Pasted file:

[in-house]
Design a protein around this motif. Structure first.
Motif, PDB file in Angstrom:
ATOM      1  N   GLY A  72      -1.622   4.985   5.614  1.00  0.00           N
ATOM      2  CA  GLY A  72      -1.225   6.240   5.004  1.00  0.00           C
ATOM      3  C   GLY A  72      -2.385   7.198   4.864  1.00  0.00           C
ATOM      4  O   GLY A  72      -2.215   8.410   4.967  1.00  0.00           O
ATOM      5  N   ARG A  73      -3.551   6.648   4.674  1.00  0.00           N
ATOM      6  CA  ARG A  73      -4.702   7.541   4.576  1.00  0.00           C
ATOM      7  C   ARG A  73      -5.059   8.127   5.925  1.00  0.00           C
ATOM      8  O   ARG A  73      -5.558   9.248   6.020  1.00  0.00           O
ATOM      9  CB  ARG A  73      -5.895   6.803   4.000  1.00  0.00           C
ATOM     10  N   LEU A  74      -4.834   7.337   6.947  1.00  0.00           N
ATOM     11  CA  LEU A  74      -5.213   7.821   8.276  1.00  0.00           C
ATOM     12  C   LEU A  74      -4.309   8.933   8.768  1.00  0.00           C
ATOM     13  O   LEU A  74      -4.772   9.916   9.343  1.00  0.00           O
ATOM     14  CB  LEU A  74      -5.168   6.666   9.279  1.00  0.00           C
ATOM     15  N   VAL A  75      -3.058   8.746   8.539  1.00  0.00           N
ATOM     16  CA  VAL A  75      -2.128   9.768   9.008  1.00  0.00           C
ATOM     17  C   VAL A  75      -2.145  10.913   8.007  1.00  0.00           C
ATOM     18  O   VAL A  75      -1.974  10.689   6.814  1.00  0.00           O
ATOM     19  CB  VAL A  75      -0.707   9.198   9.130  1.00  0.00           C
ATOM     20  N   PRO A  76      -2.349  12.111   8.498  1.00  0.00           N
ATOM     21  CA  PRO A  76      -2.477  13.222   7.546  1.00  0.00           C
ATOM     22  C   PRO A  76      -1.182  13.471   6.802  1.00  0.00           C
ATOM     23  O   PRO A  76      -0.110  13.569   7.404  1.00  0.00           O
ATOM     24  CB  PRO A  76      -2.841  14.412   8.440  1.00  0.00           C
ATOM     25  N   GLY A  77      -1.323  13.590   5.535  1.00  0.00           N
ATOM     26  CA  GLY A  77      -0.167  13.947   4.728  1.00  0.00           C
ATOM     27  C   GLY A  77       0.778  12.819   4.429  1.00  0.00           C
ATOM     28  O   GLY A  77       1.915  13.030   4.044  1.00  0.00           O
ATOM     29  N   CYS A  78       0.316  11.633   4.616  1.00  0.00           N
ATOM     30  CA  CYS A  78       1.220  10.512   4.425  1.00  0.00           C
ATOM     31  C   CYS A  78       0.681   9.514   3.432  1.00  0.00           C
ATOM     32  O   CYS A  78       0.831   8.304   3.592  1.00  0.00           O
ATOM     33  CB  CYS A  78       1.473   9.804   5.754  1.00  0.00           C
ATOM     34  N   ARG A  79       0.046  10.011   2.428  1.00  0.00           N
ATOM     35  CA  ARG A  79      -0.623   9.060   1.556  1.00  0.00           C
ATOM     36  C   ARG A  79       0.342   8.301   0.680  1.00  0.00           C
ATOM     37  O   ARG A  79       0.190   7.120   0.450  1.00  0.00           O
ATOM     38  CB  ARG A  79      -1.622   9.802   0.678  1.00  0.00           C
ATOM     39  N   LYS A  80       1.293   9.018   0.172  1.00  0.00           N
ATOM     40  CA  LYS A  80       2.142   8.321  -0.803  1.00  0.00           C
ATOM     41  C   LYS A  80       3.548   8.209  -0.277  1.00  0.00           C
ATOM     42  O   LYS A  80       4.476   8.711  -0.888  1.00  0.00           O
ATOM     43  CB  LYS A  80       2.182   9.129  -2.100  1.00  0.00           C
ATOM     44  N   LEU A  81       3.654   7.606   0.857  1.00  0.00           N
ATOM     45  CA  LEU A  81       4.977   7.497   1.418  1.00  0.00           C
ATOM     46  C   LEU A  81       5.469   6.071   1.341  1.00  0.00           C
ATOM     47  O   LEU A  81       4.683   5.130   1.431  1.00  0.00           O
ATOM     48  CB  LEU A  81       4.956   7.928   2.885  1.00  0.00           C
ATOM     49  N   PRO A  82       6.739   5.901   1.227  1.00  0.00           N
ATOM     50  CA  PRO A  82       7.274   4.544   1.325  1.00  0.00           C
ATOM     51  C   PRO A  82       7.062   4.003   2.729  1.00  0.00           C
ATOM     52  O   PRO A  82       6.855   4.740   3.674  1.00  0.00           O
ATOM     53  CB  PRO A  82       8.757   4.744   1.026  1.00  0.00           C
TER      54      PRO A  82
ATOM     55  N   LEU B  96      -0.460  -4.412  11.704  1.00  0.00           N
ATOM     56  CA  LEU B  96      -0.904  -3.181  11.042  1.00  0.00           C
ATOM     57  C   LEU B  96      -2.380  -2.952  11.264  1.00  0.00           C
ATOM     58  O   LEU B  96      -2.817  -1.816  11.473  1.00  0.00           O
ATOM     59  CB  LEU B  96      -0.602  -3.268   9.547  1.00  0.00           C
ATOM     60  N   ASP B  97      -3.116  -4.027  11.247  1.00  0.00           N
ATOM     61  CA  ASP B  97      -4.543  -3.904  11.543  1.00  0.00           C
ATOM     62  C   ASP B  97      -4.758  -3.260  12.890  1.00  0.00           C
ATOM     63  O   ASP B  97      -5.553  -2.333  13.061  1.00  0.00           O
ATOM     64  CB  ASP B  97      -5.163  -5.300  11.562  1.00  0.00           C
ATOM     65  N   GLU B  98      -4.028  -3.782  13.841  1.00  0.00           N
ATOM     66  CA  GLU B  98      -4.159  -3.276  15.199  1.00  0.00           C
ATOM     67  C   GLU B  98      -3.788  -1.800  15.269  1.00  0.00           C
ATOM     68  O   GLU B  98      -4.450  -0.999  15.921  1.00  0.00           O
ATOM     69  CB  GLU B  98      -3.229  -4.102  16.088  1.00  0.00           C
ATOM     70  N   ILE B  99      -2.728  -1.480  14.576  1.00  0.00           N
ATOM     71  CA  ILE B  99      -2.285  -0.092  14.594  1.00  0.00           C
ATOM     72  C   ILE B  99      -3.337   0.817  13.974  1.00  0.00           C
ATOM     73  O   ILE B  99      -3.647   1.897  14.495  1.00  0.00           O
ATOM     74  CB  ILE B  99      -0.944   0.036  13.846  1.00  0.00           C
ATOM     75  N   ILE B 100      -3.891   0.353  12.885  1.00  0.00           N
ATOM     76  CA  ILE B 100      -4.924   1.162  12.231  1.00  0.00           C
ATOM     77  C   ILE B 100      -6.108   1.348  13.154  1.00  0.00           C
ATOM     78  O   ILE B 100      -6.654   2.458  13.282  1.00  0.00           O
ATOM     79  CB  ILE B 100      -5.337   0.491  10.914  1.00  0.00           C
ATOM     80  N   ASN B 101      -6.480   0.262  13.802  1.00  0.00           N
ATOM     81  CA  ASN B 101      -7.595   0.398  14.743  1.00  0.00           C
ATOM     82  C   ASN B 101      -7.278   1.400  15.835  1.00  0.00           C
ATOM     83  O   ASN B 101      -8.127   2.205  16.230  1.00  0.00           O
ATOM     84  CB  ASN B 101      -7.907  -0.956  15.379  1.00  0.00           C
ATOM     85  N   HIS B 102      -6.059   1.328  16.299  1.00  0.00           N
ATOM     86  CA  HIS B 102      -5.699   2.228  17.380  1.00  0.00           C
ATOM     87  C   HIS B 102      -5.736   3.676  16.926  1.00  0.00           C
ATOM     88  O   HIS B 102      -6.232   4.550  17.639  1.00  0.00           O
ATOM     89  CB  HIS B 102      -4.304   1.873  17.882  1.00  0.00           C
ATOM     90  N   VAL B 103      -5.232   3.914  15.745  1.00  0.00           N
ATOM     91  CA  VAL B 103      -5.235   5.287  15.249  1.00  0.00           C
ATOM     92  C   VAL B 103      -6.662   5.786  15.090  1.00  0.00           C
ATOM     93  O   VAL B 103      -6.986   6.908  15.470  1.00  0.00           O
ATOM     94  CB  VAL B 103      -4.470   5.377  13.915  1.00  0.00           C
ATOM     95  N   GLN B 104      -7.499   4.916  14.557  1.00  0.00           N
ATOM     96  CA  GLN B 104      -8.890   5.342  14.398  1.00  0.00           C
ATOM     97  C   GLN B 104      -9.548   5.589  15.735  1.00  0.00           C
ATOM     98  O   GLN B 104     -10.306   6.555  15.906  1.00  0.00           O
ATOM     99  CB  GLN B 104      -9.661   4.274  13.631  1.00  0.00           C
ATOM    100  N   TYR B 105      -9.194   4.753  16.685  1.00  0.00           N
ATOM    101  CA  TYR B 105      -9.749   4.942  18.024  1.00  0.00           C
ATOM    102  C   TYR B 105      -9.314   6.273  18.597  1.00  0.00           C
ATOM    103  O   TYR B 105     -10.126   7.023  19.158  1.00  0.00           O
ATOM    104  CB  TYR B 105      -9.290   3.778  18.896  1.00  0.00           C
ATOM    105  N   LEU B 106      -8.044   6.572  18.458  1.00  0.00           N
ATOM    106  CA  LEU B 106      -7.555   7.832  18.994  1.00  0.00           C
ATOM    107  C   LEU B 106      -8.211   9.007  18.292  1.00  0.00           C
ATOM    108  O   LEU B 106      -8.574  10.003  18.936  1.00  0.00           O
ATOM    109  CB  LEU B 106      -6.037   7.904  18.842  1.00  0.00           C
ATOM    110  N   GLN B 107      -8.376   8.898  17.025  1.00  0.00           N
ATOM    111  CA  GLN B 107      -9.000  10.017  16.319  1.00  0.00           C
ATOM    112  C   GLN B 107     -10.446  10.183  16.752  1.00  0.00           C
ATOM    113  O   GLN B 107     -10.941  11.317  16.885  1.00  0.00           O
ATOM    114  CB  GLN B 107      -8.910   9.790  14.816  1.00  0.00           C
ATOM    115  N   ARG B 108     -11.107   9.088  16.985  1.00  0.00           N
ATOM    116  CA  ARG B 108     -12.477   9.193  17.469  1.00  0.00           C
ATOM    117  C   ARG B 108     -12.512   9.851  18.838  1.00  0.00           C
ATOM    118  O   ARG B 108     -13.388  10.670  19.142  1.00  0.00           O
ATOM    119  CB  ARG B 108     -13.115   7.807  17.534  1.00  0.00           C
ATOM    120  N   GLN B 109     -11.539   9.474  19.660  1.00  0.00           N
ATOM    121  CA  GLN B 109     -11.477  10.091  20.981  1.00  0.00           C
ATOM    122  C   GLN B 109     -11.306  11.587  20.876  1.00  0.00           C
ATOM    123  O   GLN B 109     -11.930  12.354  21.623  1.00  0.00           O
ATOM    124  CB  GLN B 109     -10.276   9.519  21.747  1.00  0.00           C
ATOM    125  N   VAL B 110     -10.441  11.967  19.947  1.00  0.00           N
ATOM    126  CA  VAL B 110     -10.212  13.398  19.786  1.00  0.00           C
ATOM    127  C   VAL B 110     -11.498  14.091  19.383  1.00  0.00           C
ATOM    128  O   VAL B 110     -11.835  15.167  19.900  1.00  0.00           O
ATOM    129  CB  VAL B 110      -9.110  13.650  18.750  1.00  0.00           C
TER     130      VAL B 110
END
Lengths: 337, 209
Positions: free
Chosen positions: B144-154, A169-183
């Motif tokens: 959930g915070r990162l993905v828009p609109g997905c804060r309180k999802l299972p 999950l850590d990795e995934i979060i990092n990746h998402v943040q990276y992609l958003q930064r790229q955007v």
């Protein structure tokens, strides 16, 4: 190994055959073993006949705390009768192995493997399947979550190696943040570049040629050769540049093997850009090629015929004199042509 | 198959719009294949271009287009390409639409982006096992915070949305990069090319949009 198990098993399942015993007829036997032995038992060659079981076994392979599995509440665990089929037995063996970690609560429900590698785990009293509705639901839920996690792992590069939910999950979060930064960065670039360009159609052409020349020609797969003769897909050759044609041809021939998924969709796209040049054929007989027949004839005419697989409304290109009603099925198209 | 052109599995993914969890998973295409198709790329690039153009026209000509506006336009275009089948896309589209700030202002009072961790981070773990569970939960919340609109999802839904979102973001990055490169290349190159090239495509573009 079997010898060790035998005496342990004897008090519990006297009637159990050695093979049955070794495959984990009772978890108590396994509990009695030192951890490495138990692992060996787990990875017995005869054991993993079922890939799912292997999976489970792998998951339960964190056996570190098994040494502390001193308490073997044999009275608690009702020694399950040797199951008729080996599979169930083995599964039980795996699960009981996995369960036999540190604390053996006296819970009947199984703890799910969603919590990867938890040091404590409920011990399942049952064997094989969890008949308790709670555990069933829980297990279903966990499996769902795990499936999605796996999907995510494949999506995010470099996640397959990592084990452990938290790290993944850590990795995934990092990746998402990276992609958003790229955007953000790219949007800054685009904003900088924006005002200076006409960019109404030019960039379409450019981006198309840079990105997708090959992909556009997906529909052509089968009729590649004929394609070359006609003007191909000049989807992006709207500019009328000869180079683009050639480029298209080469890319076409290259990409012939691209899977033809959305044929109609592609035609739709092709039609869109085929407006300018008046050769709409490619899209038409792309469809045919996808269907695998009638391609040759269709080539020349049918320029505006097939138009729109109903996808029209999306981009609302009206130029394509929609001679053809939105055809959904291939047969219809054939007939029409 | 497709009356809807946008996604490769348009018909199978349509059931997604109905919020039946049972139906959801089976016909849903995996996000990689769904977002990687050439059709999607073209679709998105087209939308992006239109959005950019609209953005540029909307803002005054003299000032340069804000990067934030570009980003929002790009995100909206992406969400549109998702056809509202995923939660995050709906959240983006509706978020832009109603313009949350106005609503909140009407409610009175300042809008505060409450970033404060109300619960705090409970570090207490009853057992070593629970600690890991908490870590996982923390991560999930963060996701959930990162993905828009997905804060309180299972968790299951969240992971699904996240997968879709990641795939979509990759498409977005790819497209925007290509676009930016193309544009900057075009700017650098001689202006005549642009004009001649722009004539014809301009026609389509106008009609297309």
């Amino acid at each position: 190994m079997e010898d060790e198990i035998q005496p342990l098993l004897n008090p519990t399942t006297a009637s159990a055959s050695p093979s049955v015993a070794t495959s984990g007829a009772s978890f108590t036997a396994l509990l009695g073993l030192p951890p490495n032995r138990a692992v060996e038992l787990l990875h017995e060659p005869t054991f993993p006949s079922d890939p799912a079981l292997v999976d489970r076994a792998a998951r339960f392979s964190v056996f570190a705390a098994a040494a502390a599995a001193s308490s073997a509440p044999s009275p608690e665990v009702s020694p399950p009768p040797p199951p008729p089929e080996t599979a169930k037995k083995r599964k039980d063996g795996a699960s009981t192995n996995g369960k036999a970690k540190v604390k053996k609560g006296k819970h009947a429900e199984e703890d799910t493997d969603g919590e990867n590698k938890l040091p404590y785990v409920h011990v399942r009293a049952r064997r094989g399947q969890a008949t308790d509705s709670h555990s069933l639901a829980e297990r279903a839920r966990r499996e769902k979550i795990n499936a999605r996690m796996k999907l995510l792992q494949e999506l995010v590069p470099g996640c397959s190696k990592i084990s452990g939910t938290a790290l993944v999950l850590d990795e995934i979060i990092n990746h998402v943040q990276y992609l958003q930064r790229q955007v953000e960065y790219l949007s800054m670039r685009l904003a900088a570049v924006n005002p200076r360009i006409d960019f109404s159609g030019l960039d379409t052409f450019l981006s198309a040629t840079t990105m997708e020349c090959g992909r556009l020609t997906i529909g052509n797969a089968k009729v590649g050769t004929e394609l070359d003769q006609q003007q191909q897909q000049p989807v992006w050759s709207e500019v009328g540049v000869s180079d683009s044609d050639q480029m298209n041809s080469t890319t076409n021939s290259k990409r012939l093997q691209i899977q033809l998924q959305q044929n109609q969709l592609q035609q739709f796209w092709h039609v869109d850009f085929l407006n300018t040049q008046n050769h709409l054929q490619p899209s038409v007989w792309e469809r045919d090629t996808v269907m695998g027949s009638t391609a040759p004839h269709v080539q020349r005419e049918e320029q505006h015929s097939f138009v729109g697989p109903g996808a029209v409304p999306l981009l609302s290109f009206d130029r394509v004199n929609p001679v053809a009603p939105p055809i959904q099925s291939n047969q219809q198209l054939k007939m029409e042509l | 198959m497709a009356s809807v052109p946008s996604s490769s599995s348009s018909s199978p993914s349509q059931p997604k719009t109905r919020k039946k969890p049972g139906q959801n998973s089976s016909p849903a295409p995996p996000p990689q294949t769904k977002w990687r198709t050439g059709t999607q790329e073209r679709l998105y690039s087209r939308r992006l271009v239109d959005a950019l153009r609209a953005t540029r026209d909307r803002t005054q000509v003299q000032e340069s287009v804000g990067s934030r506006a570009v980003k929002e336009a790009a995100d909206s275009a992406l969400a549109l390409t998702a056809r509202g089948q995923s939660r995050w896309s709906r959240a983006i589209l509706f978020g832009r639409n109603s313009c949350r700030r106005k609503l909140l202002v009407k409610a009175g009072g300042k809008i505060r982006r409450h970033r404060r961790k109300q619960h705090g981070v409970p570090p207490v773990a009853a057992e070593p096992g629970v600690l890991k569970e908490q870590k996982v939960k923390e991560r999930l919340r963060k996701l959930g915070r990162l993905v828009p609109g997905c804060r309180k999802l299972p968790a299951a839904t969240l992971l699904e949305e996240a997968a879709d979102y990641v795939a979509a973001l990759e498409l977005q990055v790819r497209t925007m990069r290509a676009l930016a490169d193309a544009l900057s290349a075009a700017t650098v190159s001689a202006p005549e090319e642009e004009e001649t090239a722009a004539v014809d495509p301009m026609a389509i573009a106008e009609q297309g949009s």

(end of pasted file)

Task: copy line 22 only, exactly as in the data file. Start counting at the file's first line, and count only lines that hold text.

ATOM     19  CB  VAL A  75      -0.707   9.198   9.130  1.00  0.00           C